Mud fever is an inflammatory skin condition affecting the lower limbs of horses, caused by bacterial, viral, parasitic, or fungal agents that thrive on the skin over the pasterns and fetlocks.
Monensin poisoning occurs when horses ingest a toxic dose of monensin, an antibiotic commonly used as a feed additive to promote cattle and poultry growth. Monensin is highly toxic to horses and commonly fatal.
Moldy sweet clover toxicosis is a potentially life-threatening condition caused by the ingestion of moldy sweet clover plants. Moldy sweet clover plants produce the natural anticoagulant dicoumarol.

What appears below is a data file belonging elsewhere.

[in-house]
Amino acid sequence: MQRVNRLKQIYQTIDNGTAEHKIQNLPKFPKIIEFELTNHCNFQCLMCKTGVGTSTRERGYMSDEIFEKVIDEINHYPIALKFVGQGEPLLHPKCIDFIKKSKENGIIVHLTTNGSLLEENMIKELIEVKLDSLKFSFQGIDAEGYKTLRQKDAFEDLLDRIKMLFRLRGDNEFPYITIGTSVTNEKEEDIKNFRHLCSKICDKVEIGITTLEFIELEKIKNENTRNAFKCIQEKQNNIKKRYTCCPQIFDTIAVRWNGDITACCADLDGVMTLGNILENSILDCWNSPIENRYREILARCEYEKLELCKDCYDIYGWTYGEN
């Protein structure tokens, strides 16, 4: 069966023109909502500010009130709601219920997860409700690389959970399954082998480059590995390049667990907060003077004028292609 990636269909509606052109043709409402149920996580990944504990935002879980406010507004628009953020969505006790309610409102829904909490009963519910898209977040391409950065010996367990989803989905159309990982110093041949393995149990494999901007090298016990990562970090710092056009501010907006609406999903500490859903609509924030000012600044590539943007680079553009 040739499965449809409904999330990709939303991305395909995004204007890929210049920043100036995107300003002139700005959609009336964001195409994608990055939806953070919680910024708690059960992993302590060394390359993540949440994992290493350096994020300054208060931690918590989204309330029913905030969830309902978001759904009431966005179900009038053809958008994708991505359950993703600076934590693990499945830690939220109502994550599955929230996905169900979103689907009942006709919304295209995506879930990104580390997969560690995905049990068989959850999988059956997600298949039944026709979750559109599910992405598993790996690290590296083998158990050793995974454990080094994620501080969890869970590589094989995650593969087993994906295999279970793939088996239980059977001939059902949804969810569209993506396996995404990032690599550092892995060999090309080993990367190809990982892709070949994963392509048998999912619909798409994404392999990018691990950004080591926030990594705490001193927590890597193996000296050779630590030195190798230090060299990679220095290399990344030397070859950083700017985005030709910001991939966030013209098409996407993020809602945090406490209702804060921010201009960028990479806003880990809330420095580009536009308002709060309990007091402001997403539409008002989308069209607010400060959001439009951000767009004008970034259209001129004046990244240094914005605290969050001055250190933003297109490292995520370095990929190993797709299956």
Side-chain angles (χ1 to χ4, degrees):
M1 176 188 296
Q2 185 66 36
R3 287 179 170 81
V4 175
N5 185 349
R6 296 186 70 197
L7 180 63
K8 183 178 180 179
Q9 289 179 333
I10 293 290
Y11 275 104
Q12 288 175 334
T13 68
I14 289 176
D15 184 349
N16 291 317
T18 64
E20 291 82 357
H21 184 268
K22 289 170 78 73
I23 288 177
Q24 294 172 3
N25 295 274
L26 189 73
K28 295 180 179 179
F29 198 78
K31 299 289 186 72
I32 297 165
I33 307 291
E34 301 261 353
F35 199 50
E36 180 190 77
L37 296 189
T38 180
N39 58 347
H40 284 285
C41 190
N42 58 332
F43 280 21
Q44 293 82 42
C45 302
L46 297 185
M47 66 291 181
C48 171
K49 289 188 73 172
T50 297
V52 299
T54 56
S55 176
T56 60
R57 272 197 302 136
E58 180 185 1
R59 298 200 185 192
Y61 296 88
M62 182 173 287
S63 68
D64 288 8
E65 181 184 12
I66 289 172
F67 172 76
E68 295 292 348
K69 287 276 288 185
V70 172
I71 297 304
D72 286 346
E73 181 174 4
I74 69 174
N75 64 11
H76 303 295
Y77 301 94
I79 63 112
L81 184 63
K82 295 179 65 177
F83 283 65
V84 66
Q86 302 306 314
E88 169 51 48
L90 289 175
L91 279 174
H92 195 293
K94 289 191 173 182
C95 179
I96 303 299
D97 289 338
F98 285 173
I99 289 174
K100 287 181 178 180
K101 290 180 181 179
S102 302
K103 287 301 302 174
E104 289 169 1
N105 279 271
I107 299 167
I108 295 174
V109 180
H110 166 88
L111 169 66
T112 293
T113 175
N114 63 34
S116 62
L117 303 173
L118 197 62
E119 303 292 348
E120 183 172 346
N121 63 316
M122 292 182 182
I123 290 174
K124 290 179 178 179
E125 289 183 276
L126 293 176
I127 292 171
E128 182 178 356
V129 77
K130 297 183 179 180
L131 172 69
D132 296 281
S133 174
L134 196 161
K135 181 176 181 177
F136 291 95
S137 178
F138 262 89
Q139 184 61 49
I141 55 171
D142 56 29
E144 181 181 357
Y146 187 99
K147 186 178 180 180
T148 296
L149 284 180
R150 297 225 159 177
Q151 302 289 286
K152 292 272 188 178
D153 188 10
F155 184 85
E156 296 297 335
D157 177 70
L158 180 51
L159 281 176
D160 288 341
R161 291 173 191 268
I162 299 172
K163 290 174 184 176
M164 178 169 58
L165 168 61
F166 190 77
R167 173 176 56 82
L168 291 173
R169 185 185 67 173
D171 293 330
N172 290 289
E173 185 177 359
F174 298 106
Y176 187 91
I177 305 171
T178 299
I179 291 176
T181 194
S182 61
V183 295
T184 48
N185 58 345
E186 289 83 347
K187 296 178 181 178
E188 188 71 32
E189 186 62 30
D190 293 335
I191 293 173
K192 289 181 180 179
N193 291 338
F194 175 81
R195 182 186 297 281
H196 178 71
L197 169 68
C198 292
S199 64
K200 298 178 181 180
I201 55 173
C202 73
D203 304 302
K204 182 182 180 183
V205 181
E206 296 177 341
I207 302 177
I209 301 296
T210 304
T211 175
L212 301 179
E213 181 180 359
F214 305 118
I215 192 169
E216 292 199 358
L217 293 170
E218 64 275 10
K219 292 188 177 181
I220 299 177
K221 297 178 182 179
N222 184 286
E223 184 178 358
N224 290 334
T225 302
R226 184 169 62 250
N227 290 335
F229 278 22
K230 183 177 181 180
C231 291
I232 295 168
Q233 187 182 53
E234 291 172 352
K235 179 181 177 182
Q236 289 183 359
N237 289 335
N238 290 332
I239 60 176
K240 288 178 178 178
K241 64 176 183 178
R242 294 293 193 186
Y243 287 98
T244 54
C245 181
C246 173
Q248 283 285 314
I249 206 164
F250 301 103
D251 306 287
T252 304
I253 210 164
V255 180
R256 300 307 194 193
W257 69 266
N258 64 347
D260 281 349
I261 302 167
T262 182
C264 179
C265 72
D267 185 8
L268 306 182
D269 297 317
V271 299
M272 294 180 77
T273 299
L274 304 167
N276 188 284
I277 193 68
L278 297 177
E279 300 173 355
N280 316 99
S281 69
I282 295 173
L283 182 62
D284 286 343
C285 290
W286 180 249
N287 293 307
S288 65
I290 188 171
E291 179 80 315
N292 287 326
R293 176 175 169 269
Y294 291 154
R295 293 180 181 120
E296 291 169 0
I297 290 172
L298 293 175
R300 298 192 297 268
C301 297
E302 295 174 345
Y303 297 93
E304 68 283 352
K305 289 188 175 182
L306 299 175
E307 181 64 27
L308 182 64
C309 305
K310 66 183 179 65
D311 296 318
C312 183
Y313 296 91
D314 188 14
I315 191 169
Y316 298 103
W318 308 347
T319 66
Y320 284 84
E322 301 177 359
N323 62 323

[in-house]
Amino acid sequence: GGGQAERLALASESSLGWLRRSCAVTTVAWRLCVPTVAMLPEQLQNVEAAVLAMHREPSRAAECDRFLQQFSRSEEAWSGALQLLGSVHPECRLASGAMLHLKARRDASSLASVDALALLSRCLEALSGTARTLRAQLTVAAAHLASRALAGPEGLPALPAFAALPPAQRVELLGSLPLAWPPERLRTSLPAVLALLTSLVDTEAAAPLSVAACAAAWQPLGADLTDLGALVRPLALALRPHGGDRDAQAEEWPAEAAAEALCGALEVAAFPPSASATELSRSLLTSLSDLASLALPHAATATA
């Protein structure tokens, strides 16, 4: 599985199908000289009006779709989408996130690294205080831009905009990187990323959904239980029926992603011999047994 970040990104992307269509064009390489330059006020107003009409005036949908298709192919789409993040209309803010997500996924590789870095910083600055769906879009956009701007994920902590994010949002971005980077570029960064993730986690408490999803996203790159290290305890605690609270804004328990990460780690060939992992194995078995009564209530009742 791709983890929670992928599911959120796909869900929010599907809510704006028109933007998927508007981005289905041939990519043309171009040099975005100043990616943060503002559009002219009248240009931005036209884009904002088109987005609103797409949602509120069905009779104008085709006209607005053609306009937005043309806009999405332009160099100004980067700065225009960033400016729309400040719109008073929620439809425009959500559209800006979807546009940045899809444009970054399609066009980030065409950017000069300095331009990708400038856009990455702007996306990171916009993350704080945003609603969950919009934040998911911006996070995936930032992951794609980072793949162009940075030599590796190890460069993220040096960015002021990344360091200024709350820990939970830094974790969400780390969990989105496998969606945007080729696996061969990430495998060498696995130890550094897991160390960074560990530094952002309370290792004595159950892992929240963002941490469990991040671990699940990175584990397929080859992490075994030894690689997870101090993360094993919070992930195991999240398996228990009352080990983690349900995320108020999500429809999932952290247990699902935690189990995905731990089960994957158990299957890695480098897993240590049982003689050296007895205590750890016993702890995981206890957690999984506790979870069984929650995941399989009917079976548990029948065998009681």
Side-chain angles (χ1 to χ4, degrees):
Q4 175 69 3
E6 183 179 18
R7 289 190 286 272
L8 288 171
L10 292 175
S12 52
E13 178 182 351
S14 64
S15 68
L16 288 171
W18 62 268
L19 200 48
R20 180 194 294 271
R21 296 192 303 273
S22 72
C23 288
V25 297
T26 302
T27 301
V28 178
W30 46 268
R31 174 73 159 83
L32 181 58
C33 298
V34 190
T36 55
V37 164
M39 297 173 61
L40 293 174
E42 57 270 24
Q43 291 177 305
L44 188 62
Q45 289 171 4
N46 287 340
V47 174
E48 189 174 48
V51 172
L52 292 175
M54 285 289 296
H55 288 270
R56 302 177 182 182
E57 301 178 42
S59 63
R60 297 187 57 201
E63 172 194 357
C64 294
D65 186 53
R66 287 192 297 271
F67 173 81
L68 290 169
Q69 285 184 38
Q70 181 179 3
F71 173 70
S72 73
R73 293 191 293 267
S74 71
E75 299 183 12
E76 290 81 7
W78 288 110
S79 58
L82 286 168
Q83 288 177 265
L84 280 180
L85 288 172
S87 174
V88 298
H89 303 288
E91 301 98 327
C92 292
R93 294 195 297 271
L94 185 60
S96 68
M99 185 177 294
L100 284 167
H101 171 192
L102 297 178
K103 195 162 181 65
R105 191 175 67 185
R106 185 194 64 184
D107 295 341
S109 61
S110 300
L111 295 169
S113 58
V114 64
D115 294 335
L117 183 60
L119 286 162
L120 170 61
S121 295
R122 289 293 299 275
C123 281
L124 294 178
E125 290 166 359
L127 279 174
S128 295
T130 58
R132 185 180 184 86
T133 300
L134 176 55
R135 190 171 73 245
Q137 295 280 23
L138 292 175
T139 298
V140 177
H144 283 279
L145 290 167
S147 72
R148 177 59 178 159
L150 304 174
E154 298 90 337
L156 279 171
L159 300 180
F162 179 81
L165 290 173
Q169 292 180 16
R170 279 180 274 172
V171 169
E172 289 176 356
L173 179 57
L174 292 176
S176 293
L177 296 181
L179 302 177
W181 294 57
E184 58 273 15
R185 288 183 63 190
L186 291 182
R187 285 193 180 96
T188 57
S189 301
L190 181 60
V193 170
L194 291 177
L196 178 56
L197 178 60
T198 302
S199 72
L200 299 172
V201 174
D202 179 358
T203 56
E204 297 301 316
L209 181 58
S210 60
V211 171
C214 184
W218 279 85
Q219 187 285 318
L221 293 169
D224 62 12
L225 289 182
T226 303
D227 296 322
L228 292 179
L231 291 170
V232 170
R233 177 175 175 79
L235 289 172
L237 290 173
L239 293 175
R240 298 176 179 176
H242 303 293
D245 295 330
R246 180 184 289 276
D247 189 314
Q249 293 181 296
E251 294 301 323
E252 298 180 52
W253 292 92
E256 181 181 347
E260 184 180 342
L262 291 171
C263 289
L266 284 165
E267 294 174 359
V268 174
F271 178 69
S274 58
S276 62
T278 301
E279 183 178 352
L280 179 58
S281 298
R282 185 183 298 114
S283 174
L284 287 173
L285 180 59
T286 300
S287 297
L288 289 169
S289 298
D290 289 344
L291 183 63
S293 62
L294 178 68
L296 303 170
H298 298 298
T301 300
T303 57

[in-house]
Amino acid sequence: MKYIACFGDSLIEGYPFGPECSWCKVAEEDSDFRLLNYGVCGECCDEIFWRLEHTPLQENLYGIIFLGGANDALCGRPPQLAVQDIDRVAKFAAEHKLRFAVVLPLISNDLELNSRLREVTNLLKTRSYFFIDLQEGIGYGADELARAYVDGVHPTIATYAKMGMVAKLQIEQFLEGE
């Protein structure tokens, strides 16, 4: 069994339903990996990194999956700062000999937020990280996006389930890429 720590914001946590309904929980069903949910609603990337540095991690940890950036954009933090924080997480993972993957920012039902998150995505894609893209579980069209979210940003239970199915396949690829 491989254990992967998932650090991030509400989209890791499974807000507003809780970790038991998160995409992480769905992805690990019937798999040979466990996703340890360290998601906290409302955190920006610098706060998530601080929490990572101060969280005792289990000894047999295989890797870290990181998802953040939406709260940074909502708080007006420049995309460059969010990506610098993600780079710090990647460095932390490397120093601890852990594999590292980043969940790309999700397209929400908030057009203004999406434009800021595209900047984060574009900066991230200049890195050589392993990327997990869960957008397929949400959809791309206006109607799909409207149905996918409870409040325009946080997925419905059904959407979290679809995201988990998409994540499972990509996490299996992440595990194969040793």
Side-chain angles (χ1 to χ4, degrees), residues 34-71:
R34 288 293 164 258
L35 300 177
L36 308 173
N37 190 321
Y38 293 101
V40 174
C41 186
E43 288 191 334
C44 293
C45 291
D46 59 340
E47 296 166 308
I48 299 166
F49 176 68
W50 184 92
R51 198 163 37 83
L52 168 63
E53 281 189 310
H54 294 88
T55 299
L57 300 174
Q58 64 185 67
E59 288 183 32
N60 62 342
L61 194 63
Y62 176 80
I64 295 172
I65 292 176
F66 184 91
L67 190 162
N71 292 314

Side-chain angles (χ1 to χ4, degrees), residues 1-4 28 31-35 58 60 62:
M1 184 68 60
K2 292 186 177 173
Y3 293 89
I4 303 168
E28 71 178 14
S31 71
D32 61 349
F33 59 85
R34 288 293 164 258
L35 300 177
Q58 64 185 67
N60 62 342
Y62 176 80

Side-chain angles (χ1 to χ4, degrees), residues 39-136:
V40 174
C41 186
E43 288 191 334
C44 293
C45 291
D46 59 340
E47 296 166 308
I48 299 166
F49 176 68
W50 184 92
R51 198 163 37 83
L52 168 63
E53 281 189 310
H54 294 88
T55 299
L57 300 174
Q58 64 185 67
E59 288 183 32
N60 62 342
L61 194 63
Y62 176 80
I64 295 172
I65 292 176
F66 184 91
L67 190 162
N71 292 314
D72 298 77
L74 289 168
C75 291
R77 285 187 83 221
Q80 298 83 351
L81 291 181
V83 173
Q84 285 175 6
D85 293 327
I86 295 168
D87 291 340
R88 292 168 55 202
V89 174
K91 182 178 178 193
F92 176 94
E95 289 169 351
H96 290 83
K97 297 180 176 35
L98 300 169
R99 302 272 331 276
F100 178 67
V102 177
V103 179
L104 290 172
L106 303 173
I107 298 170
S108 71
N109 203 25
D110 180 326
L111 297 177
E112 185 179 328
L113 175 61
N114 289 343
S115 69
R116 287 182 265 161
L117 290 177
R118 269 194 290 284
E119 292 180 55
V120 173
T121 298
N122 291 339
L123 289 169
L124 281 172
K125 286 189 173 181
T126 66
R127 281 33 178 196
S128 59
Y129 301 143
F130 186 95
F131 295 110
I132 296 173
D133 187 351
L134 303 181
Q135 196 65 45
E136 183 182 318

Fumonisin toxicosis is a life-threatening condition that occurs when horses ingest fumonisin, a fungal toxin produced by Fusarium verticillioides or F. proliferatum fungi which grow on sweet corn.
Equine Recurrent Uveitis (ERU), or moon blindness, is an uncommon condition affecting horses, characterized by inflammation within the eye that occurs repeatedly. ERU cycles through periods where it is active, aggressive, and painful, as well as mild phases which often show no symptoms.
Melanomas are skin tumors that develop from the cells responsible for skin pigment called melanocytes. Melanomas are most common in gray, but occur in other horses as well. The cause of melanoma is not completely understood.